Target audience

The market research you carried out in step 2 should have told you who your target market is and where you can find them. Knowing this will help you choose the most effective marketing channels for reaching your ideal audience.

Marketing costs

Use your insights from step 5 and outline the costs associated with each marketing activity, such as advertising, content creation, social media and events. 

Allocated budget

Prioritise your marketing activities based on their potential impact, and allocate your budget accordingly. Consider how effective different marketing channels will be in reaching your target audience.


Evaluate the potential return on investment (ROI) for each marketing activity. Assess the revenue you expect each activity to bring in, and compare it with the associated costs.

Continuously monitor the performance of your marketing tasks and adjust your budget as needed. This will help make your spending efficient and allow you to get the most out of your marketing budget.

Does a marketing budget need to be separate to my business budget?

Yes, and there are a few reasons for taking this approach.


First, having a separate marketing budget gives you better control over your finances. It also makes it easier to track spending and analyse the effectiveness of your marketing. This helps you make sure you're allocating your marketing budget strategically and in line with your business goals.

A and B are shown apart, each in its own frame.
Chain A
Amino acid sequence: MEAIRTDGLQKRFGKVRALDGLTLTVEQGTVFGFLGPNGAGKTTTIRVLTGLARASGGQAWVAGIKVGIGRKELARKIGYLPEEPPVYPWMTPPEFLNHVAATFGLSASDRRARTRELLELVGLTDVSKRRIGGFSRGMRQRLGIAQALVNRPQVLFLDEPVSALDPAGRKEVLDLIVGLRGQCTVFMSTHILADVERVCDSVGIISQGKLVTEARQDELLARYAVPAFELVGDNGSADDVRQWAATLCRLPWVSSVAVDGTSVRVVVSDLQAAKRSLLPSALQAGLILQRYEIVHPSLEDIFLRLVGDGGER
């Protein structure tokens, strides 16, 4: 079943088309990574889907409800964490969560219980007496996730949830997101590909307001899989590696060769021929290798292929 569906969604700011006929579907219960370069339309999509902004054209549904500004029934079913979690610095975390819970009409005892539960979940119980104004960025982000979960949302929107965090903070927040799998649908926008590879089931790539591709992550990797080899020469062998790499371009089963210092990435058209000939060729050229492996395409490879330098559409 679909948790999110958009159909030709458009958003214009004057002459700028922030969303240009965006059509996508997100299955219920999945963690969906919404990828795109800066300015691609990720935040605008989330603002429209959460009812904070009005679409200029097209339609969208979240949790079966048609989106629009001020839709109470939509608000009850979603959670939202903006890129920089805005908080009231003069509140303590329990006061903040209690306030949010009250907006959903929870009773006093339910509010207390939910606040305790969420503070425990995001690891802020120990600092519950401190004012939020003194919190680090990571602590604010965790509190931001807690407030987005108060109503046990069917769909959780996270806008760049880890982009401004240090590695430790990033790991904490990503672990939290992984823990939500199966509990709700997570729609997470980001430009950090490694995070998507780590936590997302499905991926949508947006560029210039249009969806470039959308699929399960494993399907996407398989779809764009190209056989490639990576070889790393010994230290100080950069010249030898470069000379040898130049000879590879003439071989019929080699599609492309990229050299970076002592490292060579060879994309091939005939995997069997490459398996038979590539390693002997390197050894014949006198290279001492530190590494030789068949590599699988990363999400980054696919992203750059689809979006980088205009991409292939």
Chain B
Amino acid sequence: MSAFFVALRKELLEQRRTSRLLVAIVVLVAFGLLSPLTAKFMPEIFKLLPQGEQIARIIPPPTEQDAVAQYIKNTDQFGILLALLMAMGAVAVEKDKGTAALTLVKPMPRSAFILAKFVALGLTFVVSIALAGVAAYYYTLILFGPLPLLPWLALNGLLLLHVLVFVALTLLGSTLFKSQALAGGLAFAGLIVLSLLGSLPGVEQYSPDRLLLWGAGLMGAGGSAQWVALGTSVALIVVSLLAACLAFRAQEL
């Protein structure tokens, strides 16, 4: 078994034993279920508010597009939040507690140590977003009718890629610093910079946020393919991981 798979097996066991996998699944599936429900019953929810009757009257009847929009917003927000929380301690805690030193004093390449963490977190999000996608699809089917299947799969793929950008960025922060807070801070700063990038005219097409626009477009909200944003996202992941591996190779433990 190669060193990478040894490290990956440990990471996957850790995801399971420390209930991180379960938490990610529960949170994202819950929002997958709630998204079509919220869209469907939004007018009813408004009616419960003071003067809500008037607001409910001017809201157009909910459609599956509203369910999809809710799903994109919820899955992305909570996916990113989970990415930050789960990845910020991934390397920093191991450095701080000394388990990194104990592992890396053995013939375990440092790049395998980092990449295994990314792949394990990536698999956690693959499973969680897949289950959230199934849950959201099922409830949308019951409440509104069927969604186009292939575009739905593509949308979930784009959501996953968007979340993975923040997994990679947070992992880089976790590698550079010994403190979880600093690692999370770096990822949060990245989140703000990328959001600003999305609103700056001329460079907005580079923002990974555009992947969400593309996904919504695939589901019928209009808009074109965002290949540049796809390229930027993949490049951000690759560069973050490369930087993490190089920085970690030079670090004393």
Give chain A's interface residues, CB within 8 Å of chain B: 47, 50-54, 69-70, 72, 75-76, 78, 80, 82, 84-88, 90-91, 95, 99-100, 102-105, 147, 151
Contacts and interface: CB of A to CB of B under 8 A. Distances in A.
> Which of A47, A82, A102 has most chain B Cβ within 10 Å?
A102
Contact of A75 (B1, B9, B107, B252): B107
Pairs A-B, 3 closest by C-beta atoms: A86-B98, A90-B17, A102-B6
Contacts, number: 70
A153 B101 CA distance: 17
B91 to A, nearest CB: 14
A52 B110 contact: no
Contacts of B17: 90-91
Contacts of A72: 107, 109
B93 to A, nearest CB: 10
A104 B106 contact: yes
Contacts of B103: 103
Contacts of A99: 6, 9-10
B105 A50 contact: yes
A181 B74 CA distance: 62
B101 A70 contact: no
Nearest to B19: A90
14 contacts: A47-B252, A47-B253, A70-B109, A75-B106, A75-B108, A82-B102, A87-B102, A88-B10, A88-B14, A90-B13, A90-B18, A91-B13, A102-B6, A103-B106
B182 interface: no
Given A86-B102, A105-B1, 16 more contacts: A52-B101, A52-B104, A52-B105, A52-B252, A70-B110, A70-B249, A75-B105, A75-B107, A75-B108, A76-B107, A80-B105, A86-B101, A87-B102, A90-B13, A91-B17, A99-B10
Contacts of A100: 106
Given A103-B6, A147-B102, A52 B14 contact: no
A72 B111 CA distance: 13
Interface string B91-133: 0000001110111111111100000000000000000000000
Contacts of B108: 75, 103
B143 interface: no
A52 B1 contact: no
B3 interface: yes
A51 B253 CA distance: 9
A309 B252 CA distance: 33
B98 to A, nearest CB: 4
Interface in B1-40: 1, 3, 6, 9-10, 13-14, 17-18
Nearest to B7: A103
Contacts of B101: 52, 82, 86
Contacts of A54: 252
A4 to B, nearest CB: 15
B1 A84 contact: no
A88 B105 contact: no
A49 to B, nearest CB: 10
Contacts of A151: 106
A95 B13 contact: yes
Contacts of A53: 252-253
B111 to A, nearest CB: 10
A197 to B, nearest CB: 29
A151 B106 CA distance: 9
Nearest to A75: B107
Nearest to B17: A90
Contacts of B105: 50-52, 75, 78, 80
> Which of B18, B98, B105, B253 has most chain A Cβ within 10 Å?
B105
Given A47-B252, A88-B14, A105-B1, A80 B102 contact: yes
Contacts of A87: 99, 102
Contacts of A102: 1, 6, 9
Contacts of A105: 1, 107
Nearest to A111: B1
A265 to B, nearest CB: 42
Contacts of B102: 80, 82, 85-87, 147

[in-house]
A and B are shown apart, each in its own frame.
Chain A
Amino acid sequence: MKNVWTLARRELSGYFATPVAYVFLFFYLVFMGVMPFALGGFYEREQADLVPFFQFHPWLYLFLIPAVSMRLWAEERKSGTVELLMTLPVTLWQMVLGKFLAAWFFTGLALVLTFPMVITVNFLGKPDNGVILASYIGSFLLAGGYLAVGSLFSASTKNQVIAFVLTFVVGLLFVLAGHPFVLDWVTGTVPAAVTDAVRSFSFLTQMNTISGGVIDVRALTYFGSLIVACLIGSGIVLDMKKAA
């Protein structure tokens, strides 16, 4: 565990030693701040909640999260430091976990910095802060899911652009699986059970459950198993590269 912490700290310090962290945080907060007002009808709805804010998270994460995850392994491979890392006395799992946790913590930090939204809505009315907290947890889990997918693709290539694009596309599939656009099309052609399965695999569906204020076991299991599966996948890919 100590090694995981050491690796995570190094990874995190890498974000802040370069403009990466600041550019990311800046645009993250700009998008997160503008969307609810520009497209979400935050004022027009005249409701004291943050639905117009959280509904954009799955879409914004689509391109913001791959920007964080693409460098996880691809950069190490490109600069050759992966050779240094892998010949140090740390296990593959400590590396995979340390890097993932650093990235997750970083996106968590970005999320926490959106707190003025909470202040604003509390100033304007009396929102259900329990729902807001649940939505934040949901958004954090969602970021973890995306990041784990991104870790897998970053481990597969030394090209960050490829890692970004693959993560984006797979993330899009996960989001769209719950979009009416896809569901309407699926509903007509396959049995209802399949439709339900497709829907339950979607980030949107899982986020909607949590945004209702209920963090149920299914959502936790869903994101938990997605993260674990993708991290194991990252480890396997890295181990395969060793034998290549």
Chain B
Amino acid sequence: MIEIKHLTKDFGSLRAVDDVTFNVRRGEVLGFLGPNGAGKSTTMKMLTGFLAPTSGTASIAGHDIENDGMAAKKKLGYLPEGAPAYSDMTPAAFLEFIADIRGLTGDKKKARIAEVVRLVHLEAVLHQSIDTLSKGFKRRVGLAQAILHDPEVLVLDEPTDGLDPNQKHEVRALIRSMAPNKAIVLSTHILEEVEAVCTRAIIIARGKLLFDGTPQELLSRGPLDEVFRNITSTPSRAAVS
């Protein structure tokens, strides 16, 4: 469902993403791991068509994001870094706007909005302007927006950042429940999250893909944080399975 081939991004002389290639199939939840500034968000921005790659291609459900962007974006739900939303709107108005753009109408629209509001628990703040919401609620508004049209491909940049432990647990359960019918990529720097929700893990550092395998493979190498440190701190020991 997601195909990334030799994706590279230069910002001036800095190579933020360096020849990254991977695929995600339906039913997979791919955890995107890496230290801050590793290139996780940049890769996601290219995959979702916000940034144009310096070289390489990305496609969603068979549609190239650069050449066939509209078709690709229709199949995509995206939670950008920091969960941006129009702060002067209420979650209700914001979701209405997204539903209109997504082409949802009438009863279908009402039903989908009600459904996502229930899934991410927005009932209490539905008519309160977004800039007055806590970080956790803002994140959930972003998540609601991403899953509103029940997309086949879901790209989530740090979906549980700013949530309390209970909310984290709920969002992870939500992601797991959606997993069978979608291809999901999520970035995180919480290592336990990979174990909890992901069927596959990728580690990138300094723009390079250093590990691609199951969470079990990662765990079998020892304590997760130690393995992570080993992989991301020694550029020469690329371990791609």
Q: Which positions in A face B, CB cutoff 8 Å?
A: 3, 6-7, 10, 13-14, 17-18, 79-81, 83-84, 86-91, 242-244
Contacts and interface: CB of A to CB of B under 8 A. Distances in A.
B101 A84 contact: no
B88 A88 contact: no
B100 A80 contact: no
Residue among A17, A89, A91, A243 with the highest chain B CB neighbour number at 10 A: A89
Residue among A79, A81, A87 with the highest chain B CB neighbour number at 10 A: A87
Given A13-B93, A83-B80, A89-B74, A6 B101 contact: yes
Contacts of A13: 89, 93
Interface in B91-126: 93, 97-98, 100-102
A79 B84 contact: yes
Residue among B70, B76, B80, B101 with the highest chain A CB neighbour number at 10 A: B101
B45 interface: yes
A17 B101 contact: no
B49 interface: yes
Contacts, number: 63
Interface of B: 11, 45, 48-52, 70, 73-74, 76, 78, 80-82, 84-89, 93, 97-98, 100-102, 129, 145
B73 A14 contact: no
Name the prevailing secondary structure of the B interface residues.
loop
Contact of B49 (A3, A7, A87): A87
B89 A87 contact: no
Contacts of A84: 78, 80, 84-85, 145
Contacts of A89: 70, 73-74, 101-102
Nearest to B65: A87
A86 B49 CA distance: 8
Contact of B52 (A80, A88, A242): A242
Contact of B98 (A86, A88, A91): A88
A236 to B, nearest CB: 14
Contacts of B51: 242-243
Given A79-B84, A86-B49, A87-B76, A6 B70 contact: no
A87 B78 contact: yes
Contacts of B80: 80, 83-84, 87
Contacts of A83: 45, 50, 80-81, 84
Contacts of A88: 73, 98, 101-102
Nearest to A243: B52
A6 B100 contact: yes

Second, a separate marketing budget keeps you open and accountable. With a dedicated budget, you can clearly identify and communicate the specific amount of money you've set aside for certain marketing activities. This promotes transparency within your business, helps justify your spending and demonstrates the impact of your efforts.


However, there may be some challenges associated with having a separate marketing budget. One key challenge is the risk that you may neglect other essential areas of the business if you're working with a limited budget overall. It's important to strike a balance and make sure you're adequately accounting for all necessary business expenses.